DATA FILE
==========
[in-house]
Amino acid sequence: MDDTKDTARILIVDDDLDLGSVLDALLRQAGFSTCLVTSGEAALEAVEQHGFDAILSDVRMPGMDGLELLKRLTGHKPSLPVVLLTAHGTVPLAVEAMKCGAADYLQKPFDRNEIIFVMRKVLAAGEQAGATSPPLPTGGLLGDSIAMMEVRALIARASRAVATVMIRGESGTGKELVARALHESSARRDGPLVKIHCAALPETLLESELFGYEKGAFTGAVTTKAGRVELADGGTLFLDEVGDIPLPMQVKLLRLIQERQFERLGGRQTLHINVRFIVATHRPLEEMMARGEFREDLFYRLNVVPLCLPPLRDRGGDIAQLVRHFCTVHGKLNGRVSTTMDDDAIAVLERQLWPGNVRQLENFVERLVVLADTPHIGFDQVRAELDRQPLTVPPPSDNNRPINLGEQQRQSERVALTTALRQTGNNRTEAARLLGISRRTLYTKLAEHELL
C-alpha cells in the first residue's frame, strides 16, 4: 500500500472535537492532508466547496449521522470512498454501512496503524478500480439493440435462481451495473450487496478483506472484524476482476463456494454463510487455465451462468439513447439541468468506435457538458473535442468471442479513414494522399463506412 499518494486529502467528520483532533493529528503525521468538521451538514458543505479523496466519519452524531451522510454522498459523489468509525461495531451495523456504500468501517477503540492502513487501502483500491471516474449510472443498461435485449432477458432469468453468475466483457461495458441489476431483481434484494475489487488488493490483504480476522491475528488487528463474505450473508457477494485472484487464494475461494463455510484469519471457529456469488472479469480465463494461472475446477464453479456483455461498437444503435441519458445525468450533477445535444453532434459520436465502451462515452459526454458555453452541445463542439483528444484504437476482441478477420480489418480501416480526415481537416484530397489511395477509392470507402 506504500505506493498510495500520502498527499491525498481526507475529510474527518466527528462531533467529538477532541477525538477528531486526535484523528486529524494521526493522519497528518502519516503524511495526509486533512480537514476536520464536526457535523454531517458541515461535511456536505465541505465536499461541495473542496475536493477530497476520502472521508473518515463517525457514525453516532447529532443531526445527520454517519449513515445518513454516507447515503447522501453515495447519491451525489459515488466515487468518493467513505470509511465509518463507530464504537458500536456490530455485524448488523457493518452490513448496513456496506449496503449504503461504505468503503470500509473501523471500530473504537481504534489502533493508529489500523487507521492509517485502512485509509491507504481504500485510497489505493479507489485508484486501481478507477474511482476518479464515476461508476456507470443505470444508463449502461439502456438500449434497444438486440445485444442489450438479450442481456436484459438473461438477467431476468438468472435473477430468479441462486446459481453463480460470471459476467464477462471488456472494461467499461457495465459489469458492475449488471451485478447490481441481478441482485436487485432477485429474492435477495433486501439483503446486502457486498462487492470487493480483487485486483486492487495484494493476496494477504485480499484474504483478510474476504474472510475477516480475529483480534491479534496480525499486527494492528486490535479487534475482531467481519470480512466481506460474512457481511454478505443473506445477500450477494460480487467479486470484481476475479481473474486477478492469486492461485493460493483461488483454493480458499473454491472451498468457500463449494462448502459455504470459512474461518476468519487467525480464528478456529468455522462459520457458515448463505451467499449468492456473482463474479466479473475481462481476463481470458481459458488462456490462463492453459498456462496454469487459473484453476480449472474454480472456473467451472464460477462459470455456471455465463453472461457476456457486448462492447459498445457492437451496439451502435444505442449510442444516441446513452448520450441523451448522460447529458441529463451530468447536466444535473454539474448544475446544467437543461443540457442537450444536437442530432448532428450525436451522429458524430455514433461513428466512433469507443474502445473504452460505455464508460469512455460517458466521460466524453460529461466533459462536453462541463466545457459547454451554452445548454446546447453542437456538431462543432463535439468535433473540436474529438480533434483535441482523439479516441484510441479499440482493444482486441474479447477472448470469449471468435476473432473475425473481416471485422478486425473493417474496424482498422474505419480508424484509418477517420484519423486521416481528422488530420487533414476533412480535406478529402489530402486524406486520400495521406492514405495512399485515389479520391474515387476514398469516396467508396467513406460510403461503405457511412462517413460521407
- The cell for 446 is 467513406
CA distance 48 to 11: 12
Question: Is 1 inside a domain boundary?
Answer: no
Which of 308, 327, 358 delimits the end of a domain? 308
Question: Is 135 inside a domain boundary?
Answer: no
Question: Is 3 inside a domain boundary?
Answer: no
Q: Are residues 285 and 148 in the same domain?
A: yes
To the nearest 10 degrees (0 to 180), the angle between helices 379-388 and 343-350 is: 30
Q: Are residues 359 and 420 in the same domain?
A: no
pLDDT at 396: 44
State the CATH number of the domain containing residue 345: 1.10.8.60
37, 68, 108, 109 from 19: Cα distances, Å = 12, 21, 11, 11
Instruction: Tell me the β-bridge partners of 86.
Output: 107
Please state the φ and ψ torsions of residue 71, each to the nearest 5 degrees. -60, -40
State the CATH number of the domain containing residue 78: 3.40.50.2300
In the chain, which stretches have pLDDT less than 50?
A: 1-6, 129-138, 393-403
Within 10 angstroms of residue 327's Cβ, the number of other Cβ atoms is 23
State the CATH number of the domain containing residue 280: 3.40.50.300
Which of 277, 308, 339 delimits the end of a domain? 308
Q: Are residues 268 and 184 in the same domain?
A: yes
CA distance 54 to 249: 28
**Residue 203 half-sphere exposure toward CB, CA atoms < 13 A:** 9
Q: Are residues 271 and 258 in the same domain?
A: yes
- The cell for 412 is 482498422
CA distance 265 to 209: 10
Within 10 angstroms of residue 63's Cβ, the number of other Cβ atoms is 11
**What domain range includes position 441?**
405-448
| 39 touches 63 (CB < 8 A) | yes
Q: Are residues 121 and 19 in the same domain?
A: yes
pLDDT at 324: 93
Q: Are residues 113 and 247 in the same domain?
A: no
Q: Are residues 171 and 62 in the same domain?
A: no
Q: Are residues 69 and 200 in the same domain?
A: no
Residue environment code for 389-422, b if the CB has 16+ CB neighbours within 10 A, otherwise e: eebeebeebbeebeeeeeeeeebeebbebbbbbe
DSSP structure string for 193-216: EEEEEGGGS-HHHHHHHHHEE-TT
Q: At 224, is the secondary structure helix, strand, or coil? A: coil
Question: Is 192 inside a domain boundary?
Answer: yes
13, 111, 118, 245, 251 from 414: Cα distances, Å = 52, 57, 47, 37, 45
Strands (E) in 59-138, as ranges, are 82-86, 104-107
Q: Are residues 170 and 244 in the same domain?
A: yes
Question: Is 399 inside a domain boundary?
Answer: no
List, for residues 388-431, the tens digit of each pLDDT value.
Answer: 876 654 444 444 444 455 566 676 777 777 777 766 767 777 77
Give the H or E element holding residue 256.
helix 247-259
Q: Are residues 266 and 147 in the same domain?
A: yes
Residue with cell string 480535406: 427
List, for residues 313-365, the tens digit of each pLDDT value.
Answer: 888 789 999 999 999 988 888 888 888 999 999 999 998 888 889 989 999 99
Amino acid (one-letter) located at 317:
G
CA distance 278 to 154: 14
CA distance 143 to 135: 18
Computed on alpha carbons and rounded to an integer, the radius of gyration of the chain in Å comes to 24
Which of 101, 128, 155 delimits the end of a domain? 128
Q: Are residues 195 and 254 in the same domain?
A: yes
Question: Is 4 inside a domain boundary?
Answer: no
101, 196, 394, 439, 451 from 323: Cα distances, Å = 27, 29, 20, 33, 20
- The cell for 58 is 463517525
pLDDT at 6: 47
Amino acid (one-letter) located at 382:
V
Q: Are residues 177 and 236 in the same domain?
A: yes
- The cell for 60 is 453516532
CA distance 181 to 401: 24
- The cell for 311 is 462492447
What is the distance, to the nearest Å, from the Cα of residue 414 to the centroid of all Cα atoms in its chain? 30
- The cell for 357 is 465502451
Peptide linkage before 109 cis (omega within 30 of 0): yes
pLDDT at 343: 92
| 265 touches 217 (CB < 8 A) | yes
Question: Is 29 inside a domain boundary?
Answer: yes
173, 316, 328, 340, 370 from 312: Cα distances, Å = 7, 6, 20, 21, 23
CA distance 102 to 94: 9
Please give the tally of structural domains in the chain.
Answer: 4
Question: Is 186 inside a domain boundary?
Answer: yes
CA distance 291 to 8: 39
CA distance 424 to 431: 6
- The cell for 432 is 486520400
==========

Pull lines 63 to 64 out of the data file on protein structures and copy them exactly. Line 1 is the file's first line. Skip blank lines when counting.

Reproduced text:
Answer: 876 654 444 444 444 455 566 676 777 777 777 766 767 777 77
Give the H or E element holding residue 256.